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NSK Neustadt Laureate and New York Times best-selling author Cynthia Leitich Smith delivers a thrilling cross-genre follow-up to the acclaimed Hearts Unbroken.
Deftly leading readers to the literary crossroads of contemporary realism and haunting mystery, Cynthia Leitich Smith revisits the world of her American Indian Youth Literature Award winner Hearts Unbroken. Halloween is near, and Hughie Wolfe is volunteering at a new rural attraction: Harvest House. He’s excited to take part in the fun, spooky show—until he learns that an actor playing the vengeful spirit of an “Indian maiden,” a ghost inspired by local legend, will headline. Folklore aside, unusual things have been happening at night at the crossroads near Harvest House. A creepy man is stalking teenage girls and young women, particularly Indigenous women; dogs are fretful and on edge; and wild animals are behaving strangely. While Hughie weighs how and when to speak up about the bigoted legend, he and his friends begin to investigate the crossroads and whether it might be haunted after all. As Moon rises on All Hallow’s Eve, will they be able to protect themselves and their community? Gripping and evocative, Harvest House showcases a versatile storyteller at her spooky, unsettling best.
About the Author
Cynthia Leitich Smith is the New York Times best-selling, award-winning author of Hearts Unbroken,the Tantalize series, and the Feral trilogy. An NSK Neustadt Laureate and the author-curator of Heartdrum, a Native-focused imprint at HarperCollins Children’s Books, she was named the inaugural Katherine Paterson Chair on the faculty of the Vermont College of Fine Arts MFA program in Writing for Children and Young Adults. A citizen of the Muscogee Nation, Cynthia Leitich Smith lives in Austin, Texas.
[Smith] draws on effective examples of microaggressions, bigotry, and exploitation to punctuate her point. But she also includes moments of joy: Hughie speaking to his sister in Mvskoke, the language of his ancestors, and doing seasonal activities with his friends. What results is an atmospheric, transfixing mystery. —Shelf Awareness (starred review)
Using short, propulsive chapters, Smith (Hearts Unbroken), a member of the Muscogee Nation, intertwines thoughtful conversation surrounding the racism faced by Indigenous teenagers with a convincing ghost story to craft a spine-tingling, edge-of-the-seat chiller. —Publishers Weekly (starred review)
Part coming-of-age tale, part social justice story, and part paranormal thriller. . . . Smith knows what appeals to teens and what makes them tick, and so includes plenty of current teen slang and occasional curse words to keep this story relevant and engaging for them. This is one heckuva roller coaster ride that ratchets up the tension the closer the story comes to Halloween. —School Library Connection (starred review)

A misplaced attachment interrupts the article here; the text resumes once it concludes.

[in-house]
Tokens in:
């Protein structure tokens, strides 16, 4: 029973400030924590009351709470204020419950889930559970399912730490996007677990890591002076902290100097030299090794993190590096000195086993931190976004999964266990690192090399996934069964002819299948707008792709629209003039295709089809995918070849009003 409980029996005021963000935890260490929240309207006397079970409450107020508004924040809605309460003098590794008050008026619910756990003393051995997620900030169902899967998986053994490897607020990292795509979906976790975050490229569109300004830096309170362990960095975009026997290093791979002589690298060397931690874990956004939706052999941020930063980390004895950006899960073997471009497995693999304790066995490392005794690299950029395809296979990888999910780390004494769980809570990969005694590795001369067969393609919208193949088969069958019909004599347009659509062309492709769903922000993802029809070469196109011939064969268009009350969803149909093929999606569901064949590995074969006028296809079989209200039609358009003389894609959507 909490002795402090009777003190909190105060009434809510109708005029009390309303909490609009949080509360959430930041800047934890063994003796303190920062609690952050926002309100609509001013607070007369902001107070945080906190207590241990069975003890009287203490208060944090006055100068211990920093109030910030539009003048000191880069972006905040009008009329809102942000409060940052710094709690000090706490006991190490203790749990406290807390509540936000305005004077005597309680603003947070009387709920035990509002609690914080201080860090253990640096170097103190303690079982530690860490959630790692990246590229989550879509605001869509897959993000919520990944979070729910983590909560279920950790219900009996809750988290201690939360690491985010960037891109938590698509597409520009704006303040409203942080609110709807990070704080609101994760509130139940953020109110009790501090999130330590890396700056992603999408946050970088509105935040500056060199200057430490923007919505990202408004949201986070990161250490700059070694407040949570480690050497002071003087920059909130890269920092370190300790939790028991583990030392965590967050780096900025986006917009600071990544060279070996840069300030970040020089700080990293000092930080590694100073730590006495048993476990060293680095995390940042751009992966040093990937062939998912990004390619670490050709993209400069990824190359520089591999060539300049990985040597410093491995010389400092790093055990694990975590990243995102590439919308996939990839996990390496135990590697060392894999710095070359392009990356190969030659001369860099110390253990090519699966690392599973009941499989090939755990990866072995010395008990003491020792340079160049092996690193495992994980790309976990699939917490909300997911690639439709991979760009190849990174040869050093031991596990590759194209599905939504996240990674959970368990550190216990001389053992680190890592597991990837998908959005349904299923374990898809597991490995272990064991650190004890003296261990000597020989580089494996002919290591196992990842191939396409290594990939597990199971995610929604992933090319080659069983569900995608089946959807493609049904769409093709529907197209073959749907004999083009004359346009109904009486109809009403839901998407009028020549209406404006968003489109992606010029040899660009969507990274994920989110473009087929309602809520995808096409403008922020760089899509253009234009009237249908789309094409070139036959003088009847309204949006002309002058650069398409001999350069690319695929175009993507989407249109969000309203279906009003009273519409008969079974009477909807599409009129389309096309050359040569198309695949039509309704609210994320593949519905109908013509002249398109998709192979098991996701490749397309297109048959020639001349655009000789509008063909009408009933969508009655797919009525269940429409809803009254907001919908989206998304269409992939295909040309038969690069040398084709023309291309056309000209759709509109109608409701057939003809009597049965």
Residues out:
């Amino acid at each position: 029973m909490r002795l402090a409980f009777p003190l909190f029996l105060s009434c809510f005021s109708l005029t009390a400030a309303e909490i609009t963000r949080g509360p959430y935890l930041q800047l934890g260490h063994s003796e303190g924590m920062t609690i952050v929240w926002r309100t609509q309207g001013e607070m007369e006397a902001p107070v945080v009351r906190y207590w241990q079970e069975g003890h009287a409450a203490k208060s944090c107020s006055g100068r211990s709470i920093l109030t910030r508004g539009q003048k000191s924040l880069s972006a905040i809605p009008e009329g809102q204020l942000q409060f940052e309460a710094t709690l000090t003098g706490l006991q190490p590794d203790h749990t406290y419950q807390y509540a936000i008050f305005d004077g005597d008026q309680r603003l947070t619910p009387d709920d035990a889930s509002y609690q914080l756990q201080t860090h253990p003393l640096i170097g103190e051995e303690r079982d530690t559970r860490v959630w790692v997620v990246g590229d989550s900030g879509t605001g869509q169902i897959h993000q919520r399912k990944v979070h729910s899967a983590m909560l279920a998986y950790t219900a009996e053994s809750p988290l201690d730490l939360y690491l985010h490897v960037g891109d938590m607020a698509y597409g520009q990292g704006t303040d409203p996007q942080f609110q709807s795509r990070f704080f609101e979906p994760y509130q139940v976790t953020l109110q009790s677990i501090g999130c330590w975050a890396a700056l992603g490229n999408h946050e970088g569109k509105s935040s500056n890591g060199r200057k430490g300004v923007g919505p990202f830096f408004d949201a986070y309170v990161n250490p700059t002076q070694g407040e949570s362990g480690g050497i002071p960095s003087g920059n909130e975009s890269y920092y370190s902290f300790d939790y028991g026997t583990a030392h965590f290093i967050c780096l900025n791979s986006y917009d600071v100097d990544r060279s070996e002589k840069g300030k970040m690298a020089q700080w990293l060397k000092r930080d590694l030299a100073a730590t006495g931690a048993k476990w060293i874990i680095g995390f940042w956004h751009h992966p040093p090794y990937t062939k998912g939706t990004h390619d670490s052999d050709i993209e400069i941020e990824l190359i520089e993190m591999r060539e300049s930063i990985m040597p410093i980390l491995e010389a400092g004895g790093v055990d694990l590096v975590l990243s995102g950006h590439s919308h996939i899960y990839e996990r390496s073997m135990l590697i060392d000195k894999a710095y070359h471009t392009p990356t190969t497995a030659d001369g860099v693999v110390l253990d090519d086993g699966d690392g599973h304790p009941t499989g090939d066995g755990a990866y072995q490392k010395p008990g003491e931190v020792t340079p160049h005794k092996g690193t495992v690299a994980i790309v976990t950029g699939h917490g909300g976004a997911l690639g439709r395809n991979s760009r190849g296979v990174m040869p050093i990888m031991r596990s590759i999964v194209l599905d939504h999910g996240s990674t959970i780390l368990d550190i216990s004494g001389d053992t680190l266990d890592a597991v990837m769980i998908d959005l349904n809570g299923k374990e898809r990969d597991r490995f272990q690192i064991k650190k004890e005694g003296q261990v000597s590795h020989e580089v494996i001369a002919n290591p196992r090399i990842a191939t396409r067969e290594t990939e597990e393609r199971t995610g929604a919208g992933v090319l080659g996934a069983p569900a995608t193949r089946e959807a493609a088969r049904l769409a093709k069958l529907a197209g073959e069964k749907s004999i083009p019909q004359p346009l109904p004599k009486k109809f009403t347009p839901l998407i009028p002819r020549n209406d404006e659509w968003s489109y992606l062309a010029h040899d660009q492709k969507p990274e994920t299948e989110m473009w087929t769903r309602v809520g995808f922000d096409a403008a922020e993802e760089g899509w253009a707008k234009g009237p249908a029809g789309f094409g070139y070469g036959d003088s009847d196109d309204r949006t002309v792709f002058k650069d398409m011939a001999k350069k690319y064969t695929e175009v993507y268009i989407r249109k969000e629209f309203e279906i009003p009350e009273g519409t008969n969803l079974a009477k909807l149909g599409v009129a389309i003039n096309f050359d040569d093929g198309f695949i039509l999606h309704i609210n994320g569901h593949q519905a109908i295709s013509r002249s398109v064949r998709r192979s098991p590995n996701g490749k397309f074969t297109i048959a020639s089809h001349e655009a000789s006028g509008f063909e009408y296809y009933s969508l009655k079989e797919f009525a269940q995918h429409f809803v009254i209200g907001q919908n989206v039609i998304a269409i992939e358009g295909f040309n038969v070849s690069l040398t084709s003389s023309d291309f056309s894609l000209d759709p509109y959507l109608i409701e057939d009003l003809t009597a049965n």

Superbly highlights and discusses key topics facing contemporary Indigenous youths, including redface and the plights of missing and murdered Indigenous women and two-spirit people. Hughie’s encounters with different types of racism are recognizably authentic, handled with delicacy and distinct realism. . . . An atmospheric novel compellingly interweaving chills and contemporary themes. —Kirkus Reviews
Adeptly centers important conversations about the racism Indigenous youth face; the plight of missing Indigenous women, girls, and two-spirit people; and the lack of police, media, and governmental support in searching for them. This eerie cross-genre novel will entice readers in search of spooky and truthful storytelling. —The Horn Book
Smith’s companion novel to Hearts Unbroken (2018) is well-paced and suspenseful, raising thoughtful questions about the intersections of urban legend, cultural trauma, and genre tropes. —Booklist
Smith’s genre-bending companion novel to the beloved Hearts Unbroken is a deliciously spooky adventure teen audiences will devour. —Buzzfeed
The spirit of a young indigenous woman is rumored to haunt a crossroads, and who she was and what happened to her – and how the raw injustice of the past can leach its poison into the present – are at the heart of this well-crafted mystery from Cynthia Leitich Smith, a citizen of the Muscogee Nation and the author-curator of Heartdrum, a Native-focused imprint at HarperCollins Children's Books. —The Buffalo News
Cynthia Leitich Smith has written a bunch of books across children’s and young adult, both fantasy and contemporary fiction about Indigenous characters. Harvest House is her first foray into ghosts and murder mysteries, and it did not disappoint. It’s charming and chilling, a story about a haunted crossroads, racist violence perpetrated on Native people, and a group of teens trying to figure out how to get justice in a world designed to sideline them. I hadn’t expected a premise like this from Smith, but she absolutely nailed it. —Tor.com
Leitich Smith returns to the world of her award-winning young adult novel, “Hearts Unbroken,” with “Harvest House,” which centers on Hughie, the younger brother of Lou Wolfe from "Hearts." Hughie’s grappling with mysterious goings-on near a Halloween haunted house that plans to use Native stereotypes as the basis for one of its attractions. The Muscogee (Creek) Nation teen’s struggle with why and how to speak up, along with the very real dangers the book explores, make “Harvest House” equal parts thoughtful and thrilling. —The Austin-American Statesman